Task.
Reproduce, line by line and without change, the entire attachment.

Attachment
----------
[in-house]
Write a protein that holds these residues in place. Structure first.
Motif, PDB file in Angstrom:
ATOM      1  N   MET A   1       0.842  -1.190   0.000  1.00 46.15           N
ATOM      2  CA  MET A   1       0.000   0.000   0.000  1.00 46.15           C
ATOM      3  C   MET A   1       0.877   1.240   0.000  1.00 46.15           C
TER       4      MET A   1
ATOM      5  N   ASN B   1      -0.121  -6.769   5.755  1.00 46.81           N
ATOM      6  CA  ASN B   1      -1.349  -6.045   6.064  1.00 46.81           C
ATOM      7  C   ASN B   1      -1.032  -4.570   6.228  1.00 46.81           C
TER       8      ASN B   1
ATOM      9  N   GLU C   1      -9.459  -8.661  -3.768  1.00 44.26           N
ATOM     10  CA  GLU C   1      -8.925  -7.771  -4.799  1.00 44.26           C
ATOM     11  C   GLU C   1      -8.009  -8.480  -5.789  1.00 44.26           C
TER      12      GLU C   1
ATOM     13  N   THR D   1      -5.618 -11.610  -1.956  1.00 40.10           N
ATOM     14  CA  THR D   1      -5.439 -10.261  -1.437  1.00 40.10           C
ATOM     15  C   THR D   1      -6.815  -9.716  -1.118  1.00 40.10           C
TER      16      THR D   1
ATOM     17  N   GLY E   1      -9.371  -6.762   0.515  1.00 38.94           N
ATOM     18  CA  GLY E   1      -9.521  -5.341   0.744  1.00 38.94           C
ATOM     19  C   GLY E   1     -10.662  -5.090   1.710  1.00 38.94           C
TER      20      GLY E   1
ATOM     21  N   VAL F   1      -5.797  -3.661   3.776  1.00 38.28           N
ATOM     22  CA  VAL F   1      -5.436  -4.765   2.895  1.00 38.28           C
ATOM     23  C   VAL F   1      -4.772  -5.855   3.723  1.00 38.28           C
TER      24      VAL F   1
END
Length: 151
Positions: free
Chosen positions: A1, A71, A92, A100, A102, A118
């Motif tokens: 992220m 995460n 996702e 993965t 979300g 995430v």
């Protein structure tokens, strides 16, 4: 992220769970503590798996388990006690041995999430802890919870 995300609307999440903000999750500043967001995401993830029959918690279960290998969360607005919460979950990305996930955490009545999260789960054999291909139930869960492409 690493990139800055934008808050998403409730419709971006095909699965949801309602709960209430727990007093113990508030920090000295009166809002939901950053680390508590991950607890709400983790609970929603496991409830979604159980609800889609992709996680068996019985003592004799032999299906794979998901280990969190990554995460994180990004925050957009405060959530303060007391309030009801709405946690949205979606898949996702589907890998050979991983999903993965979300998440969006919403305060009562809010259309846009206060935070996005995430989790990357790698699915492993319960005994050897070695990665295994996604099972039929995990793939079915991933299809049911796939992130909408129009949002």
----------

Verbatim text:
[in-house]
Write a protein that holds these residues in place. Structure first.
Motif, PDB file in Angstrom:
ATOM      1  N   MET A   1       0.842  -1.190   0.000  1.00 46.15           N
ATOM      2  CA  MET A   1       0.000   0.000   0.000  1.00 46.15           C
ATOM      3  C   MET A   1       0.877   1.240   0.000  1.00 46.15           C
TER       4      MET A   1
ATOM      5  N   ASN B   1      -0.121  -6.769   5.755  1.00 46.81           N
ATOM      6  CA  ASN B   1      -1.349  -6.045   6.064  1.00 46.81           C
ATOM      7  C   ASN B   1      -1.032  -4.570   6.228  1.00 46.81           C
TER       8      ASN B   1
ATOM      9  N   GLU C   1      -9.459  -8.661  -3.768  1.00 44.26           N
ATOM     10  CA  GLU C   1      -8.925  -7.771  -4.799  1.00 44.26           C
ATOM     11  C   GLU C   1      -8.009  -8.480  -5.789  1.00 44.26           C
TER      12      GLU C   1
ATOM     13  N   THR D   1      -5.618 -11.610  -1.956  1.00 40.10           N
ATOM     14  CA  THR D   1      -5.439 -10.261  -1.437  1.00 40.10           C
ATOM     15  C   THR D   1      -6.815  -9.716  -1.118  1.00 40.10           C
TER      16      THR D   1
ATOM     17  N   GLY E   1      -9.371  -6.762   0.515  1.00 38.94           N
ATOM     18  CA  GLY E   1      -9.521  -5.341   0.744  1.00 38.94           C
ATOM     19  C   GLY E   1     -10.662  -5.090   1.710  1.00 38.94           C
TER      20      GLY E   1
ATOM     21  N   VAL F   1      -5.797  -3.661   3.776  1.00 38.28           N
ATOM     22  CA  VAL F   1      -5.436  -4.765   2.895  1.00 38.28           C
ATOM     23  C   VAL F   1      -4.772  -5.855   3.723  1.00 38.28           C
TER      24      VAL F   1
END
Length: 151
Positions: free
Chosen positions: A1, A71, A92, A100, A102, A118
């Motif tokens: 992220m 995460n 996702e 993965t 979300g 995430v």
């Protein structure tokens, strides 16, 4: 992220769970503590798996388990006690041995999430802890919870 995300609307999440903000999750500043967001995401993830029959918690279960290998969360607005919460979950990305996930955490009545999260789960054999291909139930869960492409 690493990139800055934008808050998403409730419709971006095909699965949801309602709960209430727990007093113990508030920090000295009166809002939901950053680390508590991950607890709400983790609970929603496991409830979604159980609800889609992709996680068996019985003592004799032999299906794979998901280990969190990554995460994180990004925050957009405060959530303060007391309030009801709405946690949205979606898949996702589907890998050979991983999903993965979300998440969006919403305060009562809010259309846009206060935070996005995430989790990357790698699915492993319960005994050897070695990665295994996604099972039929995990793939079915991933299809049911796939992130909408129009949002």